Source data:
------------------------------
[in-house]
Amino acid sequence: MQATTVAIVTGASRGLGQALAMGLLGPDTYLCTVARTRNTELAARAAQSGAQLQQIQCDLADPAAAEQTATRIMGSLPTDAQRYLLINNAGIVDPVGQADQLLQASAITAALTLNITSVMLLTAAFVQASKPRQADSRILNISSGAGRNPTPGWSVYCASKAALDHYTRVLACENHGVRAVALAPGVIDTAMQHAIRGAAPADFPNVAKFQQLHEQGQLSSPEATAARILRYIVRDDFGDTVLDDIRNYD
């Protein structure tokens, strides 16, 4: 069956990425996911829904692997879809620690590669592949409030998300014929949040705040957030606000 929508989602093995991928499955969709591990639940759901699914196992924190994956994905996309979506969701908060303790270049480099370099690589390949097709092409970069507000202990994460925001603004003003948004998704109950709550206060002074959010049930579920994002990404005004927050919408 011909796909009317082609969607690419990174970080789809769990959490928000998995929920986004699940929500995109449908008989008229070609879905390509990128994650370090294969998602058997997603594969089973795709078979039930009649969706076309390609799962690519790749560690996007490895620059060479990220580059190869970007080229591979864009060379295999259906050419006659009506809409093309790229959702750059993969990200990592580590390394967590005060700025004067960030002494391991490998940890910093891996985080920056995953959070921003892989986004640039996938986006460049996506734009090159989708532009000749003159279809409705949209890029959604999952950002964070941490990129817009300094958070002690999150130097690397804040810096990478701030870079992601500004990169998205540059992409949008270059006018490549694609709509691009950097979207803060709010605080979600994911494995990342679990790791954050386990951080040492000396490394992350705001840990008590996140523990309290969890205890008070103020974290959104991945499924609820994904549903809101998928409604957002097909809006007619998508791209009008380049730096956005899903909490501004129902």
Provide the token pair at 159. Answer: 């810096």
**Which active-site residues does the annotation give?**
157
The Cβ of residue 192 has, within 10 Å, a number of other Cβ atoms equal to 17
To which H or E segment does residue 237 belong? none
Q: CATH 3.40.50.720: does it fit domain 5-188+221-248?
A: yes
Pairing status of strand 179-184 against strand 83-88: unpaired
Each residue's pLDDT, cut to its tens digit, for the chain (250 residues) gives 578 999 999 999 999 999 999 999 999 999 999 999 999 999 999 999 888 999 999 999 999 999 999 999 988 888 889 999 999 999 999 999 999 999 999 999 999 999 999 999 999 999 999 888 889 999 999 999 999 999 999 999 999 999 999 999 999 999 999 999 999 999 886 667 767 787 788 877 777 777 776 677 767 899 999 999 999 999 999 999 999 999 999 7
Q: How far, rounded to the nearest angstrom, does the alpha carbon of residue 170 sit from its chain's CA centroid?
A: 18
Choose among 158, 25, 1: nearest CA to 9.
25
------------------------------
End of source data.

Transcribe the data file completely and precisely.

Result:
[in-house]
Amino acid sequence: MQATTVAIVTGASRGLGQALAMGLLGPDTYLCTVARTRNTELAARAAQSGAQLQQIQCDLADPAAAEQTATRIMGSLPTDAQRYLLINNAGIVDPVGQADQLLQASAITAALTLNITSVMLLTAAFVQASKPRQADSRILNISSGAGRNPTPGWSVYCASKAALDHYTRVLACENHGVRAVALAPGVIDTAMQHAIRGAAPADFPNVAKFQQLHEQGQLSSPEATAARILRYIVRDDFGDTVLDDIRNYD
């Protein structure tokens, strides 16, 4: 069956990425996911829904692997879809620690590669592949409030998300014929949040705040957030606000 929508989602093995991928499955969709591990639940759901699914196992924190994956994905996309979506969701908060303790270049480099370099690589390949097709092409970069507000202990994460925001603004003003948004998704109950709550206060002074959010049930579920994002990404005004927050919408 011909796909009317082609969607690419990174970080789809769990959490928000998995929920986004699940929500995109449908008989008229070609879905390509990128994650370090294969998602058997997603594969089973795709078979039930009649969706076309390609799962690519790749560690996007490895620059060479990220580059190869970007080229591979864009060379295999259906050419006659009506809409093309790229959702750059993969990200990592580590390394967590005060700025004067960030002494391991490998940890910093891996985080920056995953959070921003892989986004640039996938986006460049996506734009090159989708532009000749003159279809409705949209890029959604999952950002964070941490990129817009300094958070002690999150130097690397804040810096990478701030870079992601500004990169998205540059992409949008270059006018490549694609709509691009950097979207803060709010605080979600994911494995990342679990790791954050386990951080040492000396490394992350705001840990008590996140523990309290969890205890008070103020974290959104991945499924609820994904549903809101998928409604957002097909809006007619998508791209009008380049730096956005899903909490501004129902």
Provide the token pair at 159. Answer: 């810096």
**Which active-site residues does the annotation give?**
157
The Cβ of residue 192 has, within 10 Å, a number of other Cβ atoms equal to 17
To which H or E segment does residue 237 belong? none
Q: CATH 3.40.50.720: does it fit domain 5-188+221-248?
A: yes
Pairing status of strand 179-184 against strand 83-88: unpaired
Each residue's pLDDT, cut to its tens digit, for the chain (250 residues) gives 578 999 999 999 999 999 999 999 999 999 999 999 999 999 999 999 888 999 999 999 999 999 999 999 988 888 889 999 999 999 999 999 999 999 999 999 999 999 999 999 999 999 999 888 889 999 999 999 999 999 999 999 999 999 999 999 999 999 999 999 999 999 886 667 767 787 788 877 777 777 776 677 767 899 999 999 999 999 999 999 999 999 999 7
Q: How far, rounded to the nearest angstrom, does the alpha carbon of residue 170 sit from its chain's CA centroid?
A: 18
Choose among 158, 25, 1: nearest CA to 9.
25